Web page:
Wales and England have had some fantastic clashes down the years, but many have come since the beginning of the Six Nations.
Whether it’s peroxide blond Will Greenwood putting Wales to the sword, Gavin Henson’s howitzer at the start of an unlikely grand slam, James Hook scoring in every way possible, the comeback to end all comebacks, England’s Cardiff capitulation or their World Cup revenge three years later, it’s fair to say we’ve been on the edge of our seats.
The record since 2000 is Wales: six, England: eleven, but here we’ve picked out four Welsh wins in the six selections, as they were some of the most extraordinary matches.
However, we start with England’s record win in Cardiff.
2001: Wales 15-44 England
One of the finest games of the Clive Woodward era – an exceptional English performance saw them silence the Cardiff crowd with a six-try thumping, as Will Greenwood running in six tries sporting a peroxide blond haircut.
Graham Henry, the then Wales coach, said it was “the best performance [he’d] ever seen by a European side”. England would miss out on the grand slam that year, but that extremely professional performance had put England amongst the world’s elites.
2005: Wales 11-9 England
Wales hadn’t beaten England since their Wembley win in 1999 and had not beaten them in Cardiff for twelve years ahead of this game. No-one expected them to beat England that day either, with Wales not having challenged for the title in years.
It was not a brilliant game, but Henson stole the show, putting in a superb performance before kicking a 50-metre penalty with four minutes remaining to steal the victory and set Wales on their way to an unlikely grand slam.
2007: Wales 27-18 England
England headed to Cardiff knowing they could still win the title while Wales had lost all four games. The Red Rose would need a massive 57-point win to take the championship, but given how dire Wales had played in their previous outings, some saw it as a possibility.
15-0 down after 15 minutes, England’s hopes were shot to pieces by an outstanding Hook, who scored a try, penalty, drop-goal and conversion to secure the win. The then 22-year-old scoring 22 points. Henson and Hook, two of Wales’ greatest wastes of talent almost single-handedly beating the old enemy in consecutive home contests.
2008: England 19-26 Wales
England led 19-6 with 20 minutes left on the clock, and it had been 20 years since Wales had won at Twickenham. Game over? Nope. Two incredibly soft penalties saw Wales get within a score and as the Welsh kicked long, Jonny Wilkinson floated an awful pass away from Danny Cipriani, giving the Wales chasers the chance to sweep up the ball and run in the equaliser.
Could it get worse? It could. Ian Balshaw dithered as Wales cleared straight to England again. He was charged down by Mike Phillips, who eventually ran in the winner.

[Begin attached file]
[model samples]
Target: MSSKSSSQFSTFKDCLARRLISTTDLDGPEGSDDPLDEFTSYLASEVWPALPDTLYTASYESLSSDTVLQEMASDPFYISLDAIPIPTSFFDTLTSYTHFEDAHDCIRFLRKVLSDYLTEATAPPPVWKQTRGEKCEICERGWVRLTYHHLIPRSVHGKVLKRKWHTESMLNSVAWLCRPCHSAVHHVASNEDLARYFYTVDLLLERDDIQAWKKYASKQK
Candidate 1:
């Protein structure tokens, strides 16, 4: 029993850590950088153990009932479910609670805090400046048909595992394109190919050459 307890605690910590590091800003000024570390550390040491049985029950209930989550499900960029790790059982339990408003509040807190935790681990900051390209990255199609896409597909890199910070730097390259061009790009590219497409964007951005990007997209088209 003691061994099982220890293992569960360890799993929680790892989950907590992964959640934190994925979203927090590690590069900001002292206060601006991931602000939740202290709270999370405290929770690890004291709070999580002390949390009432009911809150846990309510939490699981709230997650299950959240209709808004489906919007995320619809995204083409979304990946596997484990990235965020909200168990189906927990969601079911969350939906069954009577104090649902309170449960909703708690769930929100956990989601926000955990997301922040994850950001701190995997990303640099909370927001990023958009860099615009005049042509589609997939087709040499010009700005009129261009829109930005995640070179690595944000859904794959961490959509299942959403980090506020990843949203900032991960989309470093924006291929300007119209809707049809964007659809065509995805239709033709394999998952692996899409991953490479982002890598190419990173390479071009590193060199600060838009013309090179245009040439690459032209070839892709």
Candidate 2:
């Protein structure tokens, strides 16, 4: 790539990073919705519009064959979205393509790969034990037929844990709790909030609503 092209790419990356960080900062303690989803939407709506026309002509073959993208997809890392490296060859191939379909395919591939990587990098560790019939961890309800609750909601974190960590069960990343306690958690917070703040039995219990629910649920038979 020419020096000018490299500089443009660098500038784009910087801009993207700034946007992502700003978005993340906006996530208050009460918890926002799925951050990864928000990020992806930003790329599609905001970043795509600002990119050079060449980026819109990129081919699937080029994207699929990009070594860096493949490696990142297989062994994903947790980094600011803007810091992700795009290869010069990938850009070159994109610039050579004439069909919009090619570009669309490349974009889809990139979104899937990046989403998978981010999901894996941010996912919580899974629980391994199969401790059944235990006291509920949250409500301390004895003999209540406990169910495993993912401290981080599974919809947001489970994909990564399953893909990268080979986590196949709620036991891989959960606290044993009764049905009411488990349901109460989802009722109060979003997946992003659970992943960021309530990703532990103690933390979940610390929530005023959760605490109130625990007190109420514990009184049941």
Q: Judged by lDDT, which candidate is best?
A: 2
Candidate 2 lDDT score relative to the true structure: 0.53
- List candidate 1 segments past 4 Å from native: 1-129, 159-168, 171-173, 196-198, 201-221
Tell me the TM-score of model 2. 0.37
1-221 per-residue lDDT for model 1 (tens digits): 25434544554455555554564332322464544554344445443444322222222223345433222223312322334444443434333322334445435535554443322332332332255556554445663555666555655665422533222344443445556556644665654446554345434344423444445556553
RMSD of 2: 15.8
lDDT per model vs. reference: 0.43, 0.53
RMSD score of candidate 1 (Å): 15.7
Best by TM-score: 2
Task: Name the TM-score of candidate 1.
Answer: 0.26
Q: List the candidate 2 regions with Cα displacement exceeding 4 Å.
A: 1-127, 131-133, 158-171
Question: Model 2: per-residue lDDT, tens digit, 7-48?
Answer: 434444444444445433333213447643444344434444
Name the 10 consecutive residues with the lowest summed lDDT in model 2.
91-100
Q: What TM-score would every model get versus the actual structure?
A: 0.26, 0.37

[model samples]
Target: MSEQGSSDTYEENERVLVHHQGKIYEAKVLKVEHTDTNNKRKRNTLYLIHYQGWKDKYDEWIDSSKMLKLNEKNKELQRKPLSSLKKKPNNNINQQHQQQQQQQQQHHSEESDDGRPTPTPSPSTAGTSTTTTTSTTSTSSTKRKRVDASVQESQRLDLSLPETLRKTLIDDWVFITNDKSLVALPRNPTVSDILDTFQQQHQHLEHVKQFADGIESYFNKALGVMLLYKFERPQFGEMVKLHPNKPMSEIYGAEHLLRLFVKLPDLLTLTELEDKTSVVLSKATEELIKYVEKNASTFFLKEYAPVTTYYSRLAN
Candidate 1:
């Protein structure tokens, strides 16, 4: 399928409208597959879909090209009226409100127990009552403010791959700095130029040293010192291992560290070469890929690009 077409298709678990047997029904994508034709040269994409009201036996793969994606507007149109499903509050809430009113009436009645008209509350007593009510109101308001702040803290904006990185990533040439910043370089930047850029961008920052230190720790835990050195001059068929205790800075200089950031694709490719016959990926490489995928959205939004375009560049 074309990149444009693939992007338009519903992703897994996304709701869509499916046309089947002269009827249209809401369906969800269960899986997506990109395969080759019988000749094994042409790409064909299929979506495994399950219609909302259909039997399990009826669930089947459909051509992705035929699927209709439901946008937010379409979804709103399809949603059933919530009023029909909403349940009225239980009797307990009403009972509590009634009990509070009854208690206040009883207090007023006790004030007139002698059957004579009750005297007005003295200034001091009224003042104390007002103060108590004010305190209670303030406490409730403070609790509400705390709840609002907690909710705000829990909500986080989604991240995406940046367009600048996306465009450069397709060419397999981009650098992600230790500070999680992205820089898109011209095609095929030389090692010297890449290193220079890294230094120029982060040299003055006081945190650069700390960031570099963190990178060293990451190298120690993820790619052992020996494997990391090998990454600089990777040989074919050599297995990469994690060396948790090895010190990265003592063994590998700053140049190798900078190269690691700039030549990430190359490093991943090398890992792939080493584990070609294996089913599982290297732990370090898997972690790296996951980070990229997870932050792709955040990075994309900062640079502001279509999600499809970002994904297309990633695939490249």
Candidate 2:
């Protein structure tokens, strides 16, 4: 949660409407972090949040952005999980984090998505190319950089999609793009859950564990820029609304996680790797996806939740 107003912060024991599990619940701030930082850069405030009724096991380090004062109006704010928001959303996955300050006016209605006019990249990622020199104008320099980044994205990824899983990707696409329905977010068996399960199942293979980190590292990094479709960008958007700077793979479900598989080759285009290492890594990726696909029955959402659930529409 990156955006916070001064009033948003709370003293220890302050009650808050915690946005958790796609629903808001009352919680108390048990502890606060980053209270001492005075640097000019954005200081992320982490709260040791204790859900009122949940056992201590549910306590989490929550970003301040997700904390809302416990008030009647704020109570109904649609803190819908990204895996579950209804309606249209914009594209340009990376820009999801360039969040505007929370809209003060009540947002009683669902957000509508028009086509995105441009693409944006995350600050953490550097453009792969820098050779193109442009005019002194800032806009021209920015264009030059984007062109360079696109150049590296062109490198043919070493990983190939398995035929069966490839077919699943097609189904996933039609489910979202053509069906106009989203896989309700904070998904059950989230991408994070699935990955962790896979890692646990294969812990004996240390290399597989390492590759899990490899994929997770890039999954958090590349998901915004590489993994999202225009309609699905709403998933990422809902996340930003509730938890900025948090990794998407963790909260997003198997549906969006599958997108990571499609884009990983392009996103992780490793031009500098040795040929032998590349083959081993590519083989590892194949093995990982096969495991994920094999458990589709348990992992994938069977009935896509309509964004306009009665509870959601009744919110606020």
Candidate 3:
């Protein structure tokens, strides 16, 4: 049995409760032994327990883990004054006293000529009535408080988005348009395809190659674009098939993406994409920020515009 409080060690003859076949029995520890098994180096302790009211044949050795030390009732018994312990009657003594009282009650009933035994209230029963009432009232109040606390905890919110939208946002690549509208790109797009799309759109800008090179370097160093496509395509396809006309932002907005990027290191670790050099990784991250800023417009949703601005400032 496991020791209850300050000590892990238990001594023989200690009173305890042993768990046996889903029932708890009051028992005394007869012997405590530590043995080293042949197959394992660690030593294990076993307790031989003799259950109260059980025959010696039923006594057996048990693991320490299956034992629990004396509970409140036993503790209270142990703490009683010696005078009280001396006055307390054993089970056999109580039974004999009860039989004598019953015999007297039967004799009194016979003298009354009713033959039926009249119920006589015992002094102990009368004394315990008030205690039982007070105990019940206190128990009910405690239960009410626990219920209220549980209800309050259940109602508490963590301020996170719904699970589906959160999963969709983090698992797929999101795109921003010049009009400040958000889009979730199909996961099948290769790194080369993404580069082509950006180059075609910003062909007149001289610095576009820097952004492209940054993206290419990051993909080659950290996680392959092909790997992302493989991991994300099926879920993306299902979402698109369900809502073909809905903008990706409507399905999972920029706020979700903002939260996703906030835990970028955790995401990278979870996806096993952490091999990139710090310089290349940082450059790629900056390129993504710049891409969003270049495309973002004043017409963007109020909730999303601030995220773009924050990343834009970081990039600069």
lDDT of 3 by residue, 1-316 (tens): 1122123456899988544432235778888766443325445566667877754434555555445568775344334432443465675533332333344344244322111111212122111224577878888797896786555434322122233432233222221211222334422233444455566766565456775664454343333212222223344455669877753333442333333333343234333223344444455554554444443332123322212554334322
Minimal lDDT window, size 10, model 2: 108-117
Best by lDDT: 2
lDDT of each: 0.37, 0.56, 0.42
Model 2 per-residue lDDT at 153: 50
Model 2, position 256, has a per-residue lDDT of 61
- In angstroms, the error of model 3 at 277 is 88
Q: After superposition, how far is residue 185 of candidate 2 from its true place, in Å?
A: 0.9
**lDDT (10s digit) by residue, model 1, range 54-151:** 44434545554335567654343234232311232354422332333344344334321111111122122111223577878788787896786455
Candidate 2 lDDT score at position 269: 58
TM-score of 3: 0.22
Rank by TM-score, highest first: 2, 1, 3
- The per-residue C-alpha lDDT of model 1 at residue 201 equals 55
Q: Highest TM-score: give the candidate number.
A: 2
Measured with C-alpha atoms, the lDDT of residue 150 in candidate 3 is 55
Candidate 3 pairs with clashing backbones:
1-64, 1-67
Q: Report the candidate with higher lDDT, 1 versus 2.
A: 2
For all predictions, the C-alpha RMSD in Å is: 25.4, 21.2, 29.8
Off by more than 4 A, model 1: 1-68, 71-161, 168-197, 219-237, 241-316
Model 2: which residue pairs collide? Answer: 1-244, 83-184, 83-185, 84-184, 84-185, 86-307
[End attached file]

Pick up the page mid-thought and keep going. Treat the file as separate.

It was 17 points gifted to Wales, all off pretty average clearance kicks. England’s worst nightmare? That’s still to come I’m afraid.
2013: Wales 30-3 England
Apologies to any England fans reading this, it will get better soon! The men in white headed to Cardiff off the back of four pretty unconvincing wins, but were suddenly on the verge of a grand slam. Wales had hit back from a home defeat against Ireland to record three wins on the bounce against the blue teams away (again unconvincing).
The first half was closely fought and intense, but Wales went in with the upper-hand. The second half was not close. A somewhat dubious turnover allowed Alex Cuthbert to get in the corner for his first, and soon after, as England’s grip on the title faded, he stormed over for a second. Wales needed an eight-point win for the title, they won by 27 points, their biggest win over England.
2016: England 25-21 Wales
The World Cup left behind scars for England, and many had Wales down as favourites to beat a transitioning England side. The Red Rose burst into a 16-0 lead as they completely controlled the first half and, despite Dan Biggar’s charge down, found themselves 25-7 up with seven minutes left.
Dan Cole saw yellow, Tomas Francis somehow avoided in-game punishment for an attempted eye-gouge and Wales were a man up. They exploited the advantage: first George North going over after a lovely break through midfield, before they worked their way up the pitch to score again through Taulupe Faletau.
Again Wales came, up to the 22. Had it not been for Manu Tuilagi’s try-saving tackle, I may have been writing about the game that won Wales the 2016 title. George North wasn’t actually in touch, but Wales could have little complaints about the overall result.
Will this year’s clash prove to be another epic encounter?
Nick Powell, Pundit Arena